Female Argonaut surfing on a Pyrosome (free-floating colonial tunicates) By: Scott Gutsy Tuason of Squires Sports

Unique mother mollusks

Scientists do not consider the Argonaut shell a “true” shell. A true shell is secreted by the molluscan mantle, which gives it a specific chemical composition.

Both argonaut shells and true shells are built from calcium and proteins, but the proteins are entirely different. An argonaut shell also lacks the calcium composite called aragonite that can build mother-of-pearl in the pearly nautilus and other mollusks.

Argonauts, like all octopuses, evolved from distant ancestors that did grow shells with their mantles. But octopus ancestors lost this ability as they developed malleable bodies that could squeeze through tight spaces and camouflage with any background.

Front view of Argonaut mouth & siphon By: Scott Gutsy Tuason of Squires Sports

Early seafloor-dwelling octopuses also evolved the behavior of laying eggs in dens. They could make dens in rocky crevices, sandy burrows, or empty clam shells. (Yes, some octopuses do behave like hermit crabs, after all!)

Then, some of these octopuses evolved a peripatetic habit. Instead of crawling on sand or rock, they swam through the open ocean, so when females were ready to lay eggs, there were no dens in sight. These octopuses became the argonauts.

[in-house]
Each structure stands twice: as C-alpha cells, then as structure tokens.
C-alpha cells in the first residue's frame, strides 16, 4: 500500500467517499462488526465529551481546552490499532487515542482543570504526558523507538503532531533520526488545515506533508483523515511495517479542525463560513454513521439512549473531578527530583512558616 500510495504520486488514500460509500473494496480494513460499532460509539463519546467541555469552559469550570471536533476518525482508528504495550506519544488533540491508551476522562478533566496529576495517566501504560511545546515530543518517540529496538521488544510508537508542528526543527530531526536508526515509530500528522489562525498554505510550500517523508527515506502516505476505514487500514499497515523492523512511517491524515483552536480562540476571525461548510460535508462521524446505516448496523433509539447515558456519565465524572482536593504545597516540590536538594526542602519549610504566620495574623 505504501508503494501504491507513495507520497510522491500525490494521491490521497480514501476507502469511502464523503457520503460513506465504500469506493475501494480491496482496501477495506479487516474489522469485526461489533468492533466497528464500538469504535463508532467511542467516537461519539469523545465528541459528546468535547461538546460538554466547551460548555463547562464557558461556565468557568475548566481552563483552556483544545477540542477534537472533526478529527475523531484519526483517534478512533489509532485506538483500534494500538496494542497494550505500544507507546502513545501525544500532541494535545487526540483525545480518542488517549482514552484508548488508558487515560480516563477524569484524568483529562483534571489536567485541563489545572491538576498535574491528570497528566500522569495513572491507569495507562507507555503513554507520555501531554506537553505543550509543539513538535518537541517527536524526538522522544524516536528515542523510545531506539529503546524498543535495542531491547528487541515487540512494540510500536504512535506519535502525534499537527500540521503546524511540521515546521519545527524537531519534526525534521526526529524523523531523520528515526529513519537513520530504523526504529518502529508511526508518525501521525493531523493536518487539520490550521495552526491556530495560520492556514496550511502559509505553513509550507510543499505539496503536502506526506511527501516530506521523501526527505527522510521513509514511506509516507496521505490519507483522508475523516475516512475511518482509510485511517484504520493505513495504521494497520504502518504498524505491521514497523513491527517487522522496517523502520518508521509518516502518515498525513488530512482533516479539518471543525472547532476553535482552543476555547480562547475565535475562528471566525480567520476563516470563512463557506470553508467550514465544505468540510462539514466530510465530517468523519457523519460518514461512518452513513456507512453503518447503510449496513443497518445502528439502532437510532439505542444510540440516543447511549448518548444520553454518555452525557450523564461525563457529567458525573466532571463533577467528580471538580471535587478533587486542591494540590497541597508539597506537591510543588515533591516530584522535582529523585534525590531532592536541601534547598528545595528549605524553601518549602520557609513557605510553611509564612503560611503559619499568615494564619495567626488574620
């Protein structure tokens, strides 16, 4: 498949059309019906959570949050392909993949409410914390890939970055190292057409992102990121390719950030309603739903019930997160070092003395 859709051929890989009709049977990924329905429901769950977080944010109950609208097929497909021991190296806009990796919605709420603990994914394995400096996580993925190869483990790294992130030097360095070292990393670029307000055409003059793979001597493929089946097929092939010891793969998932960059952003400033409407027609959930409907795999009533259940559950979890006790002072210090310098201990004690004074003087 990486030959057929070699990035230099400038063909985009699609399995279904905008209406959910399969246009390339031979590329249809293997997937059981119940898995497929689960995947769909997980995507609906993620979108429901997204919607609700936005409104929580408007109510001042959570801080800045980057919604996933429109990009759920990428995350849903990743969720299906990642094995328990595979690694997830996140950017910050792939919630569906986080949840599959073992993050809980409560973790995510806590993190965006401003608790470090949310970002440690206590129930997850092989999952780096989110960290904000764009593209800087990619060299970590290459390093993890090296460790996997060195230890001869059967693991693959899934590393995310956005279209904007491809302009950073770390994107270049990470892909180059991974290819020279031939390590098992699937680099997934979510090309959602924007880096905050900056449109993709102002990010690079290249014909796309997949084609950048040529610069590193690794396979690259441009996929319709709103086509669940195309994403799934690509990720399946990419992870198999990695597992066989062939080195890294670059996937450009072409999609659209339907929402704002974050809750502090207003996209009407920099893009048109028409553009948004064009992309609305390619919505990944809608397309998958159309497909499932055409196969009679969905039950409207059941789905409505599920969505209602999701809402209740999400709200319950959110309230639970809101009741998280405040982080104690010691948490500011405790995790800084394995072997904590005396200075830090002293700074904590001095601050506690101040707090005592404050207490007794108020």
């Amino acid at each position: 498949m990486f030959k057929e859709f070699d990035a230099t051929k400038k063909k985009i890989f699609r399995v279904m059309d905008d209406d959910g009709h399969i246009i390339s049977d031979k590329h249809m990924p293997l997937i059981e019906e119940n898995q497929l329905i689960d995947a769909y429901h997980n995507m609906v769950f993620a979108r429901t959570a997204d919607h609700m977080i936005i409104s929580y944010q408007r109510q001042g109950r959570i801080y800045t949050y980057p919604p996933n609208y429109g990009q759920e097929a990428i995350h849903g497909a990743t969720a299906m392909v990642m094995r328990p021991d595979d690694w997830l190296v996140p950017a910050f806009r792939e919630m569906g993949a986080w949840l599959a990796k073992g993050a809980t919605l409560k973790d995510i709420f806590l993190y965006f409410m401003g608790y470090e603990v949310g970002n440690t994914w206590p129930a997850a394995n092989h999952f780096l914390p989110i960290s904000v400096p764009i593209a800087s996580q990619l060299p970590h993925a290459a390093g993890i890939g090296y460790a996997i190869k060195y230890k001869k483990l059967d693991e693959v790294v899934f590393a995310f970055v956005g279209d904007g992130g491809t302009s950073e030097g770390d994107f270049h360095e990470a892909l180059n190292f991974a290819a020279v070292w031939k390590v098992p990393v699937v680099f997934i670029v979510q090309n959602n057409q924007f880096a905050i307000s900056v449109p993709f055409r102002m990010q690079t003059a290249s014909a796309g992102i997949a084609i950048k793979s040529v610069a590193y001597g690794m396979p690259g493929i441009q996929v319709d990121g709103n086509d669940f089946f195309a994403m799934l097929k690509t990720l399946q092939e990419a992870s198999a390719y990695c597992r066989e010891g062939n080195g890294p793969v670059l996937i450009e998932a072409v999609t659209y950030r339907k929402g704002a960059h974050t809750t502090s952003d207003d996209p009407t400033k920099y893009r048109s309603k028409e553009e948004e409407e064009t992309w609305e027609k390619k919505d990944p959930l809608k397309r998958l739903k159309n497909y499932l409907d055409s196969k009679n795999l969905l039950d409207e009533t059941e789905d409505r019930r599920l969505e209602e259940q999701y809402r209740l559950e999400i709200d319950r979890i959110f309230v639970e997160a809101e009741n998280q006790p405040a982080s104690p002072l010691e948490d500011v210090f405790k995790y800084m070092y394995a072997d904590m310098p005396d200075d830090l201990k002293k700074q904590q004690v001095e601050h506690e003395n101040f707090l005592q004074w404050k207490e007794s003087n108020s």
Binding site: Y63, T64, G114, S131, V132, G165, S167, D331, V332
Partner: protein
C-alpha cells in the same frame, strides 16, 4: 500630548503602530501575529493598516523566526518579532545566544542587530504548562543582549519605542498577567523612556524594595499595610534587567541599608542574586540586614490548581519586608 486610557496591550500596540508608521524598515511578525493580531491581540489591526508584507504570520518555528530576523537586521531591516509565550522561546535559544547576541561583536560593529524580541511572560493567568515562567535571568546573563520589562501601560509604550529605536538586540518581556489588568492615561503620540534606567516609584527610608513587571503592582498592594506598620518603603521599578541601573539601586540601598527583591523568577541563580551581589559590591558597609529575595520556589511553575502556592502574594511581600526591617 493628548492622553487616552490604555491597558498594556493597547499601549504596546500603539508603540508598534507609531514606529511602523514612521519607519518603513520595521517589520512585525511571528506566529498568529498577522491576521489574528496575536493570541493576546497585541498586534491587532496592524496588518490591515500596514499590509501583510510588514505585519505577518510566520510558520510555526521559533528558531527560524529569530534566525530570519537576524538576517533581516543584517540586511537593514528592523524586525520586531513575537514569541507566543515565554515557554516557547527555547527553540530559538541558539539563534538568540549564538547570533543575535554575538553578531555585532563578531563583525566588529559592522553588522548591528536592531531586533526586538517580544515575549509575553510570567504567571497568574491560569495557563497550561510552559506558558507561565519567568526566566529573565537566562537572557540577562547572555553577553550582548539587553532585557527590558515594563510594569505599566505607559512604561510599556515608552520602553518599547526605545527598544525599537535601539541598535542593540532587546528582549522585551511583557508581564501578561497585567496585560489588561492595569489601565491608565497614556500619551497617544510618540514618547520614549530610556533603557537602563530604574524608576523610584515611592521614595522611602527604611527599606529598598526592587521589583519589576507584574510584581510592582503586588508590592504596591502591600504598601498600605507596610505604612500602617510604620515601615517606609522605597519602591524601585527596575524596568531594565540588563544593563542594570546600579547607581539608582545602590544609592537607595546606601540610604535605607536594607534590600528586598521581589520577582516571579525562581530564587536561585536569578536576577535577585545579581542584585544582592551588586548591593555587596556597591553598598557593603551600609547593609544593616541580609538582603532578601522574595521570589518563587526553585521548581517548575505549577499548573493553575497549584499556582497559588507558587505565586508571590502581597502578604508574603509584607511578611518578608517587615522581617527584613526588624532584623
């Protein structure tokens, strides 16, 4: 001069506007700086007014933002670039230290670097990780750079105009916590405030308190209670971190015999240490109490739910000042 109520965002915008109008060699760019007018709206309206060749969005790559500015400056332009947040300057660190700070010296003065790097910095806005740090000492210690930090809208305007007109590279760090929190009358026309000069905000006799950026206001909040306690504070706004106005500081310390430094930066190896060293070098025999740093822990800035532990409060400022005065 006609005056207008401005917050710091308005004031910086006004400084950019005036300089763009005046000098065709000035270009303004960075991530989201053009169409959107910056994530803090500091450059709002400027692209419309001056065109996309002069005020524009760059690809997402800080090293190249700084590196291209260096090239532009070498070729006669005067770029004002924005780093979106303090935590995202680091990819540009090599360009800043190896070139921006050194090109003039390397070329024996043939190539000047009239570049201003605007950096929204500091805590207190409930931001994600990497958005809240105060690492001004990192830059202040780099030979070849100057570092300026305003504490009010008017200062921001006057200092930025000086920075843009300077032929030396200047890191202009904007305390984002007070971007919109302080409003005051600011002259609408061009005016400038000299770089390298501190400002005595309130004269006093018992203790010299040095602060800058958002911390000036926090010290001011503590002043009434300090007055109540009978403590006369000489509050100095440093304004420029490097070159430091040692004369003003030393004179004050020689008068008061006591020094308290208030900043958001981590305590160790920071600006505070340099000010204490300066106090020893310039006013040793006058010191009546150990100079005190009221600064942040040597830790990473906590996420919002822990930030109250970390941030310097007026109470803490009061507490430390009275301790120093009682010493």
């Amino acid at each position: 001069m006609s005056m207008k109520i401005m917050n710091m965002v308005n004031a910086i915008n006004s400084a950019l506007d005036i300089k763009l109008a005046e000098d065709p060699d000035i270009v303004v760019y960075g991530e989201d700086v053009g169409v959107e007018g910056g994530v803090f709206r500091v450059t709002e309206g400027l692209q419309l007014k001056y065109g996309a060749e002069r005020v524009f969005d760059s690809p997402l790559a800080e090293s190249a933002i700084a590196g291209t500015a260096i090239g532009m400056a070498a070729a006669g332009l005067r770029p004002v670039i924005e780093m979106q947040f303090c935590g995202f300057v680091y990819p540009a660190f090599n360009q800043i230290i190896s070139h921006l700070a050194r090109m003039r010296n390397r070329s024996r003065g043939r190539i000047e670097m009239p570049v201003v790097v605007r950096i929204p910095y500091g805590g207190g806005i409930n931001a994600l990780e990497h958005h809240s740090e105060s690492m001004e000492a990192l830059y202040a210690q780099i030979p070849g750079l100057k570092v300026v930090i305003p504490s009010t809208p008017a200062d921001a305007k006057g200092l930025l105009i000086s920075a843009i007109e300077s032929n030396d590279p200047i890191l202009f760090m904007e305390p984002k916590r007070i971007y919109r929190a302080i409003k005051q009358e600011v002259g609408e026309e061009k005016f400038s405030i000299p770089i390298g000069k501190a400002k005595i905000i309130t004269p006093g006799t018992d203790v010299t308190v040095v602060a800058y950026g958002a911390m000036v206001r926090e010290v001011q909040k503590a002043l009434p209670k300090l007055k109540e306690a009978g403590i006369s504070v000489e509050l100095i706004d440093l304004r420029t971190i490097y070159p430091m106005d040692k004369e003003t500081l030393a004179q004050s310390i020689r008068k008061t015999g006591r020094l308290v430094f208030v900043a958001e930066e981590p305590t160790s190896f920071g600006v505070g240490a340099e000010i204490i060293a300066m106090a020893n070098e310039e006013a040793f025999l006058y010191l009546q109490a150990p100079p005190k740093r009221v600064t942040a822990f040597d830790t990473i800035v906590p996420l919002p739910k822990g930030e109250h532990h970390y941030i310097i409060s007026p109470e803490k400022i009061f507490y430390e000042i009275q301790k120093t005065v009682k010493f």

Close up of paper nautilus on jelly! Photo by: UnderWaterAlive | inaturalist

We don’t know which happened first, argonauts becoming open-ocean swimmers or argonauts beginning to secrete shells with their arms, but the two behaviors went hand in hand (or arm in arm, or sucker in sucker). Thus, a modern argonaut mother can create and carry a mobile den for eggs.

Other mollusk shells protect their inhabitants from predators. Argonaut shells, by contrast, are built not as armor but as a nursery. Rather than “shells,” scientists call them calcified egg cases.

Still, a “calcified egg case” can make a gorgeous addition to a seashell collection.

Check out this group of females swimming together!

Baby female forming shell vs. adult female argonaut

Special thanks to Danna Staaf!

Thank you to Danna for sharing her knowledge about argonauts, the magnificent octopus hitchhikers grabbing rides on jellyfish, and teaching scientists about octopus sex!

Danna Staaf is a cephalopod scientist and author who just published an argonaut-filled book for young readers: The Lady and the Octopus: How Jeanne Villepreux-Power Invented Aquariums and Revolutionized Marine Biology. Danna has loved writing this argonaut blog series for OctoNation, and looks forward to many more collaborations!

If you want to educate yourself some more about all sorts of different cephalopods, take a look at our encyclopedia. Or, what we call it, our Octopedia!

Connect with other octopus lovers via the OctoNation Facebook group, OctopusFanClub.com! Make sure to follow us on Facebook and Instagram to keep up to date with the conservation, education, and ongoing research of cephalopods.


Similar Posts